Britain witnesses today a great confusion and discrepancy regarding the issue of Europe's integration. Since the mid-1980s, the transfer of state powers to an EU level but also the reforms affecting the distribution of power in EU policy have both challenged the sovereignty of European member states. Indeed, the UK/EU relationship from 1945 until the present day is characterized by two divergent terms: uncooperativeness, then accommodation. One current issue that aligns itself with the idea that Britain is the EU's "awkward partner", is that the British government seems to hold "a wait and see" policy on the majority of issues raised within the European Parliament, while the citizens themselves remain uncertain of the consequences and gains they could get of a deeper European integration.

This non-committal British policy creates many dilemmas. Hence, when assessing Britain's past involvement with Europe, it is still continuing to show reluctance in accepting all European policies and ideologies, this is why it is often dubbed the "difficult" or "awkward" partner.

To what extent is Europe still an identity issue in Britain today?

In the context of the necessity to better answer our problematic, one should throw a glimpse on the different attitudes of recent British governments regarding their European policies and the persisting problems they encounter with the European Union. This work will deal first with the general British issues concerning Britain's membership to the EU stressing particularly the problem of joining the Eurozone.

This will lead us in a second part to discuss Blair's premiership and his European policy shedding light on the thorny problems that persisted between the EU and Britain, but especially the issue of the single currency. The third and last part will give a short view on Brown's European policy during his short premiership, this will be followed by David Cameron's policy regarding Europe and the coalition government he formed with the Liberal Democrats focusing in particular on the persisting issues with the EU but also the main reasons that contributed to the attribution of the "awkward" or "reluctant" characteristic to Britain.

This will be an attempt to answer the problematic stated above.

First and foremost, the UK membership to the EU was seen as essential in order to repeal the British economic crisis. Therefore, the UK governments that came into power have encouraged the EU to develop a large free trade area, especially that Britain supported fervently the principle of globalization.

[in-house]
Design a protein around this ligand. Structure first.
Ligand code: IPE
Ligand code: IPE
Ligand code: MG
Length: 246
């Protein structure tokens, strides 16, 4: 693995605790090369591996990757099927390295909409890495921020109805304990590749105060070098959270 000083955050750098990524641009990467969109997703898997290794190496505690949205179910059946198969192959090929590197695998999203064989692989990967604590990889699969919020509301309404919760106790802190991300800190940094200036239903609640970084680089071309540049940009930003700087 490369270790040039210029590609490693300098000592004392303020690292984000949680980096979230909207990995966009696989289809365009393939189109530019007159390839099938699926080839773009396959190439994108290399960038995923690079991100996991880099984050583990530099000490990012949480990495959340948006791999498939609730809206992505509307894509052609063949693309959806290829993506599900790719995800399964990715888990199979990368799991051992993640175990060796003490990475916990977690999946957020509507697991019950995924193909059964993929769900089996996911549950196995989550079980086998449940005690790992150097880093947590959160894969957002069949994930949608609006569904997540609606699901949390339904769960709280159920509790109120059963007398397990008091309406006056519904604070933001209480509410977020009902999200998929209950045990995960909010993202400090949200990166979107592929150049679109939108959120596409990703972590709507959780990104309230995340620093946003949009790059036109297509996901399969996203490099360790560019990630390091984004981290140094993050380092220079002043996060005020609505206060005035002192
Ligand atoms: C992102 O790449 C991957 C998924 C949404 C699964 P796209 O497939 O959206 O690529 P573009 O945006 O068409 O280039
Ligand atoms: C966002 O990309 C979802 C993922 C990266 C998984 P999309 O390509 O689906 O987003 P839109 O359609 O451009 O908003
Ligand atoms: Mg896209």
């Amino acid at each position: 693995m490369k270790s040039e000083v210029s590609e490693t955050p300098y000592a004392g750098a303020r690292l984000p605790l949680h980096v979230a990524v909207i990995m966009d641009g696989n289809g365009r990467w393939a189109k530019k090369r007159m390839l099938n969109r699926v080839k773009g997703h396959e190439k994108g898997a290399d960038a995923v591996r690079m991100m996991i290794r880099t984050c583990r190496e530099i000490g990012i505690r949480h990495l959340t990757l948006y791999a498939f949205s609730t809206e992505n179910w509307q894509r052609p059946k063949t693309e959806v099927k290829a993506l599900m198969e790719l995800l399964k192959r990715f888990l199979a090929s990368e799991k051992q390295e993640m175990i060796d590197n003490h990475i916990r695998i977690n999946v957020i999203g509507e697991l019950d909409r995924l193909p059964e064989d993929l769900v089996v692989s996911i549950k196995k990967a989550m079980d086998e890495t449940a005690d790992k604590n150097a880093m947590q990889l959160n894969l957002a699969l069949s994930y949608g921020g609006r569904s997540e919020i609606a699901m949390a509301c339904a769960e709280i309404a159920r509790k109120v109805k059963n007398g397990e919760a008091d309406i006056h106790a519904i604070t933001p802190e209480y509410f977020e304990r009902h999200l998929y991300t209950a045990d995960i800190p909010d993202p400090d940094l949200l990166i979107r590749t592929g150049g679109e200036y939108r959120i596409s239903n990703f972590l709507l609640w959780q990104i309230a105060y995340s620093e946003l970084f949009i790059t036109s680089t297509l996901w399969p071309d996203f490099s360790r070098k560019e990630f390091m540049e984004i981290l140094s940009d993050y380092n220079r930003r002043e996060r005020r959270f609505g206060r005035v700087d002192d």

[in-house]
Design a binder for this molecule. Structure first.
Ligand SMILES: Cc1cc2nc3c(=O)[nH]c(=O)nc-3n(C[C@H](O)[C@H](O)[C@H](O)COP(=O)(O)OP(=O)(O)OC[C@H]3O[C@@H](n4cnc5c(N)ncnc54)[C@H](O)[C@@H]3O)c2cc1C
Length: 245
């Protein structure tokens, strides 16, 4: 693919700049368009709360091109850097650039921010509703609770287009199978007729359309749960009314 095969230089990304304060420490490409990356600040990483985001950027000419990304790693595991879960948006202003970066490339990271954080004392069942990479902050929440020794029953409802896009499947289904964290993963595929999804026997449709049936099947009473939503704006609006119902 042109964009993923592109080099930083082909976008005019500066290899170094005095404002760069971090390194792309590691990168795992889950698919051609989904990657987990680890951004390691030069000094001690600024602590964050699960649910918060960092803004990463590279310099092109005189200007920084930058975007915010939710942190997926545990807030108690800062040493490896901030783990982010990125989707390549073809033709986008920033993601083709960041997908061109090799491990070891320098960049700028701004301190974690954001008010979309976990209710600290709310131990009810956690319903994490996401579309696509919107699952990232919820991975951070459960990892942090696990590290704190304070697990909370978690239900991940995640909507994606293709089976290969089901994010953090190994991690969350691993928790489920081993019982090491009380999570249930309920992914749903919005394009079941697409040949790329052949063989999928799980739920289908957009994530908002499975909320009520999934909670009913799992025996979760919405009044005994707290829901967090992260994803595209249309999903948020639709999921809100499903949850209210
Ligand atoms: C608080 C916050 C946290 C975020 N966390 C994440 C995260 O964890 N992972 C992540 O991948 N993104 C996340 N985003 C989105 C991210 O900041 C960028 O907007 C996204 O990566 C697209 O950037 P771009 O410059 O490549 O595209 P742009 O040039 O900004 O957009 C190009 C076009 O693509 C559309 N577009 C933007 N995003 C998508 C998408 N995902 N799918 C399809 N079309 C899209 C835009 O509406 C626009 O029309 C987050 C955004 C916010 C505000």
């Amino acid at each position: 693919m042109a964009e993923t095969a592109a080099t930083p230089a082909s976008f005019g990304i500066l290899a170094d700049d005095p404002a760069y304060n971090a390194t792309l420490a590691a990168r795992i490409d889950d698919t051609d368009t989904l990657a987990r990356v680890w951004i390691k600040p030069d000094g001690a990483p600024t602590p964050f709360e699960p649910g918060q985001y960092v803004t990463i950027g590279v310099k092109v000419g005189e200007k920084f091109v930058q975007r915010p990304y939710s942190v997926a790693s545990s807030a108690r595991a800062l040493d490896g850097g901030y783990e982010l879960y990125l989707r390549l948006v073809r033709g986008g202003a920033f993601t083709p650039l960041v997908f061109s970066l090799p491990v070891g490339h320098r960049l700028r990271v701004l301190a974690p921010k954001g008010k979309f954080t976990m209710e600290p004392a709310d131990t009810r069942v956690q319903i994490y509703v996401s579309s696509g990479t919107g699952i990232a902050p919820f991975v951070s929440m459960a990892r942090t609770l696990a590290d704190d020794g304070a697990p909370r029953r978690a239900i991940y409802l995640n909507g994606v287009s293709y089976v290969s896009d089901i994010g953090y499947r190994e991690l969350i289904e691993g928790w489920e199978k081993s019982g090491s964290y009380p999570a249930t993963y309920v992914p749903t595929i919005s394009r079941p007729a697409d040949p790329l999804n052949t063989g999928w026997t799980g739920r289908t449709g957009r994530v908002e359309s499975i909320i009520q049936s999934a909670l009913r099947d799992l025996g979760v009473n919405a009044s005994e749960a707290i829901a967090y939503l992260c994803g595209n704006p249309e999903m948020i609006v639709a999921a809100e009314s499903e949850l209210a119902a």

Nonetheless, they have continuously sought to limit EU powers and revenues so that to ensure that British sovereignty is not diminished and that the whole UK governmental system is not as much affected. Added to this, from an economic point of view, it is vital to mention that the UK was not really in harmony with the European economy, under the pretext that it has closer tights with the United States and the Commonwealth, who were more in favour of a globalized economic policy, unlike the EU which supported a regulated economy centred mainly and particularly on the European interests. This argument was also cemented by the fact that European countries realized lots of their commercial exchanges between themselves, versus the UK which have the majority of its commerce and investments outside the Eurozone.

Indeed, the changeover to Euro is until the present day a persistent and thorny problem between Britain and Europe. The debate over the UK's involvement in the Eurozone has been prominent ever since the British government decided to withhold the UK entry until a later unspecific date. In fact, the government's debate seems to be whether Britain entry will be a political decision or an economic one. Added to this, the main worry for Britons regarding the adoption of the single currency is the fear of losing their national identity since the pound represents the longest serving currency in the world. As a matter of fact, the relationship between British people and Europeans has always been somewhat frosty in the past, and a number of Britons feel that the introduction of the Euro could lead to an increased integration in Europe and eventually to a kind of Euro "super-state".

If Britons admit the idea of ceding their currency, they would have to face even a loss of control over a large number of Britain's economic affairs, since the power would be shifted to the European Central Bank (ECB). Hence, the entry would mean a permanent transfer of domestic monetary autonomy to the ECB which would contribute to the loss of flexibility on exchange rates. Therefore, domestic monetary policy would no longer be able to respond and to be flexible to external economic shocks such as the rise in commodity prices and inflation. It is vital to note that the UK is thought to be more sensitive to interest rate changes than other EU countries, due to the presence of high scale owner-occupation at variable rate mortgages in the UK housing market.

Broadly speaking, a deeper integration in Europe today but notably the entry in the Eurozone is a matter that worries Britons, because this will inevitably mean that Britain's voice in Europe in terms of shaping the Union's future monetary policy will significantly be diminished.